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No, dogs should not eat string cheese since its high fat content can lead to weight gain, pancreatitis and other health issues. The stringy texture of the cheese can also pose a choking risk for dogs. A small amount of string cheese as a treat is fine for dogs on occasion, however in general you should avoid feeding any kind of cheese to your dog.

String Cheese
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Caution: This food is generally considered risky by the veterinary community. Dogs should not eat this food and should be monitored for adverse effects.

Food Safety Safe to eat in small amounts but should be avoided in favor of healthier treats
Nutritional Issues String cheese is high in fat, therefore can lead to rapid weight gain in dogs
Potential Risks Obesity, diabetes, pancreatitis, and cardiovascular issues. Eating too much string cheese in one sitting can cause gastrointestinal issues. It can also trigger an allergic reaction in lactose-intolerant dogs.
Symptoms Abdominal discomfort, vomiting, diarrhea
Every dog is different. For specific feeding guidelines, including quantities and beneficial foods that are best for your dog, please consult your vet.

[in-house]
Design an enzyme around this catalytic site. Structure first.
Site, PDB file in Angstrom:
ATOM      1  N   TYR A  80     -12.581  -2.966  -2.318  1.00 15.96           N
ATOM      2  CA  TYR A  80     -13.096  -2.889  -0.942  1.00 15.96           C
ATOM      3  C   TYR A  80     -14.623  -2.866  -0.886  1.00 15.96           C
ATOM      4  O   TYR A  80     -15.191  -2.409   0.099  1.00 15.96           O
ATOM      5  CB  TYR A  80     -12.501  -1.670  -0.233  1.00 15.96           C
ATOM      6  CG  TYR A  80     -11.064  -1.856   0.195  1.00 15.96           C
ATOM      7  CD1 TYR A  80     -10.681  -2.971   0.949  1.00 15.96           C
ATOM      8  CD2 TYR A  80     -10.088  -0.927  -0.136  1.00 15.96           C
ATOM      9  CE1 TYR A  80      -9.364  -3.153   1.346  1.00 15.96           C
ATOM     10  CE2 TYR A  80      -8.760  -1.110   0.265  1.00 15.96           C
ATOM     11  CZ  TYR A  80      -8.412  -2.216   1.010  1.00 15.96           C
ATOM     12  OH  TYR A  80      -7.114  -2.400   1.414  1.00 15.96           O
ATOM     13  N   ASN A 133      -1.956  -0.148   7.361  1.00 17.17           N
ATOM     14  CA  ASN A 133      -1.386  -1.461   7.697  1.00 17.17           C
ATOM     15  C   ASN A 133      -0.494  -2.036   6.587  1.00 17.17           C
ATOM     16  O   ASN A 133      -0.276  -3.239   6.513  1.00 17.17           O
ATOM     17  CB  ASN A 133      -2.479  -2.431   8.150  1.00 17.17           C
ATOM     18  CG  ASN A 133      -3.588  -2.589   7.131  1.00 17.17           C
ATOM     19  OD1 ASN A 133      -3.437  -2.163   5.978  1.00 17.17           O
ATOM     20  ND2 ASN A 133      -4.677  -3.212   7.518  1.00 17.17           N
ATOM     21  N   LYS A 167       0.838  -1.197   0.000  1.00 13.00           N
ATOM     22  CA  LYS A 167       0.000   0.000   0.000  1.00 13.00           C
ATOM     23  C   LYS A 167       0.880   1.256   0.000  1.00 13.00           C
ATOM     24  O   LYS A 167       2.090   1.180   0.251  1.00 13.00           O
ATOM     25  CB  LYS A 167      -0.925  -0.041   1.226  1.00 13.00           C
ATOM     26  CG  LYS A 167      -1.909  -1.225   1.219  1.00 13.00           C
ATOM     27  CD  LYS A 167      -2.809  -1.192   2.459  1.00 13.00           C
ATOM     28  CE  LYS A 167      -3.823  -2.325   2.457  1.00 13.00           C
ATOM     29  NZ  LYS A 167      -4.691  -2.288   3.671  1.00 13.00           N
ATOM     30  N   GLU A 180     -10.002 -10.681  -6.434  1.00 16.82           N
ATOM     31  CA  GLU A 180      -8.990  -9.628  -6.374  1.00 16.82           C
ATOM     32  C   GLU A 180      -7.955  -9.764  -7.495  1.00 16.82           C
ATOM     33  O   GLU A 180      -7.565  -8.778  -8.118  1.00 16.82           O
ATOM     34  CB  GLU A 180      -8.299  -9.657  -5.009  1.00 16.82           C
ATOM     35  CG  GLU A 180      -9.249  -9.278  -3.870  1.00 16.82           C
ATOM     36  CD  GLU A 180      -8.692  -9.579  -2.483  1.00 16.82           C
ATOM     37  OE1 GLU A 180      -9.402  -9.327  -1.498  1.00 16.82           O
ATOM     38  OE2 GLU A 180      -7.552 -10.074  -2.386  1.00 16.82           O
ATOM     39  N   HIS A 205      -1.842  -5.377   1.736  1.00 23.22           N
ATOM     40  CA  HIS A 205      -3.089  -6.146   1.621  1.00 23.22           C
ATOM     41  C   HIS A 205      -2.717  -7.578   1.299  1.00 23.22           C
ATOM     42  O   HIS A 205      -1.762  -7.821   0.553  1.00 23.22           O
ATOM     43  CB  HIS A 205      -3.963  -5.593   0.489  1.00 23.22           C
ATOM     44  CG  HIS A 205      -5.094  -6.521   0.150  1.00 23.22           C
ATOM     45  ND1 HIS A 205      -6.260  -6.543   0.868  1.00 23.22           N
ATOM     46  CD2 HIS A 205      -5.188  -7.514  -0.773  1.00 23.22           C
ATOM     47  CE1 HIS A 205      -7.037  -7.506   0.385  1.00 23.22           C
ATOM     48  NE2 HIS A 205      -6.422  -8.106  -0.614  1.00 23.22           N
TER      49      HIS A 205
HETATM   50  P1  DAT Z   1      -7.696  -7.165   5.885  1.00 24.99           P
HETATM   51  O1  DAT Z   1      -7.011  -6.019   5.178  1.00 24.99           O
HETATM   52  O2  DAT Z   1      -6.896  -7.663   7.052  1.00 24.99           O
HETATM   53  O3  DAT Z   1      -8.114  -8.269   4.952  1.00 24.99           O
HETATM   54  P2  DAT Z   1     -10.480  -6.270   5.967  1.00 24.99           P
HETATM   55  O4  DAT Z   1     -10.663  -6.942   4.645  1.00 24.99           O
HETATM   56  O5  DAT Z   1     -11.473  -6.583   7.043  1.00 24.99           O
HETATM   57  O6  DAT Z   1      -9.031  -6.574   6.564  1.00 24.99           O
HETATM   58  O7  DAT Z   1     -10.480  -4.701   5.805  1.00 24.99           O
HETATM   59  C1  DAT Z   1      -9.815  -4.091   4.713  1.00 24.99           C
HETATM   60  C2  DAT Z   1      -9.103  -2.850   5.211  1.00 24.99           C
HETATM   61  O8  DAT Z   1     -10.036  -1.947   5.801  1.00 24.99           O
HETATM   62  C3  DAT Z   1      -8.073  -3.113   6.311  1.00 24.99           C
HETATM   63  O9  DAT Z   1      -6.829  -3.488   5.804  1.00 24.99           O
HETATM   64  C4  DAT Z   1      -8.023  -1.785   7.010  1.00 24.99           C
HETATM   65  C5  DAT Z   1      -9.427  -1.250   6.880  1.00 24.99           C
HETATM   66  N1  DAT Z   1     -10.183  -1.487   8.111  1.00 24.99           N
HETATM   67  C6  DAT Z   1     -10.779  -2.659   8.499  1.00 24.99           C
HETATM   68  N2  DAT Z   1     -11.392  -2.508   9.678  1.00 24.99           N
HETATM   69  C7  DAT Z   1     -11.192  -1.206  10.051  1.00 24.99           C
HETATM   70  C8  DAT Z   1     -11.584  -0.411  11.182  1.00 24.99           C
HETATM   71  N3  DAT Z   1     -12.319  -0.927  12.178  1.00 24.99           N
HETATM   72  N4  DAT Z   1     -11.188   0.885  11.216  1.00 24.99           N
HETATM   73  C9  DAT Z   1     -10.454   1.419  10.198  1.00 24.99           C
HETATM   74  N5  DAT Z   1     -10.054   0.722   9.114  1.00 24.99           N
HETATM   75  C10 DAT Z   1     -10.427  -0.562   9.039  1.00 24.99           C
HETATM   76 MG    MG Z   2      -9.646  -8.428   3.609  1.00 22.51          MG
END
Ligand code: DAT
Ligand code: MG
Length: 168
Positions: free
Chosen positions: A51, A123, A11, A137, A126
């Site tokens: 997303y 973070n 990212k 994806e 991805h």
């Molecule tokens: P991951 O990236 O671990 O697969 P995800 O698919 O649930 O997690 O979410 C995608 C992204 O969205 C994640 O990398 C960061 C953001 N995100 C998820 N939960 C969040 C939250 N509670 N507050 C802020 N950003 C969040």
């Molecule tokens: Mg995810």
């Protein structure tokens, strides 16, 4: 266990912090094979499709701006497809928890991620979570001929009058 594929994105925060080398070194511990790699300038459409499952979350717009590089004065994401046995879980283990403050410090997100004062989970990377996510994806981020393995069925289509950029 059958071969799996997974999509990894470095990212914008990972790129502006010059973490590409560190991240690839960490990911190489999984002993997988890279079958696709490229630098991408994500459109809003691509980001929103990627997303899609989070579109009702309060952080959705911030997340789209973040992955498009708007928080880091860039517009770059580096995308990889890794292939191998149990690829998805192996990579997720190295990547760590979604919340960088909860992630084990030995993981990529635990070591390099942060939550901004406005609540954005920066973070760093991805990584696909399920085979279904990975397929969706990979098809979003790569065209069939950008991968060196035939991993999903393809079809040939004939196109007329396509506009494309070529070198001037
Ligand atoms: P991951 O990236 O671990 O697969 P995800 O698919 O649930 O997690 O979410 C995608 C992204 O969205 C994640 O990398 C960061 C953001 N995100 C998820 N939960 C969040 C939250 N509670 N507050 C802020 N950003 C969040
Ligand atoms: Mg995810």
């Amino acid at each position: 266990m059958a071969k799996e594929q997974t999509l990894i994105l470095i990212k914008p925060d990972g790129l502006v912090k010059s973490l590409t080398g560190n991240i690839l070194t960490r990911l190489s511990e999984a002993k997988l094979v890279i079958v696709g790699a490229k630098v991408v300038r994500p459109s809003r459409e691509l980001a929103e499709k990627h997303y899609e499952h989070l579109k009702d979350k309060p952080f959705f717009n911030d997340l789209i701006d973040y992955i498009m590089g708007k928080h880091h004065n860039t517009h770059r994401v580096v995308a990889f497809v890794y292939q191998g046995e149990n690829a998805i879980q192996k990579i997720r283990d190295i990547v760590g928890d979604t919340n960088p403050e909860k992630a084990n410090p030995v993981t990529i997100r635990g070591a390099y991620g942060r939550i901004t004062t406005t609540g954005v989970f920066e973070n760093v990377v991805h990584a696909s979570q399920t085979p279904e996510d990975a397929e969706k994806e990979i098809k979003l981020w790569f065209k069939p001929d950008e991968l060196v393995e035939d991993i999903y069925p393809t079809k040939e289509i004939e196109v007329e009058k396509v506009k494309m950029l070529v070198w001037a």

How Much String Cheese is Bad for Dogs?

A few pinches of string cheese as an occasional treat is generally safe for dogs. Large amounts can cause lactose intolerance issues and the high fat content can lead to digestive distress in dogs.

Why is String Cheese Unsafe for Dogs?

String cheese is not necessarily unsafe, but dog owners should ensure not to feed it regularly to their dogs due to its high calorie count and fat content. Eating too much string cheese can lead to a host of health issues for dogs including diabetes, pancreatitis, obesity, and cardiovascular issues.

Frequently Asked Questions

  • String cheese is high in salt, calcium, and protein as well as fat which all make it a tasty treat your dog will want to eat.

  • The stringiness of the cheese can pose a choking risk for dogs. If you are giving string cheese to your dog as a treat, it is better to chop it up and then feed it.

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About the Writer
Dr. Hillary Wolfe , Veterinarian & Certified Food Therapist

Dr. Wolfe holds a doctorate in veterinary medicine from Kansas State University and holds nutrition certifications from the NAVC and CIVT. Her business, Tula Veterinary Nutrition, hosts online courses that teach owners how to cook for their pet for optimal health and longevity. Follow her on Instagram at @doctorwolfe.dvm for dog nutrition tips, recipes and insights.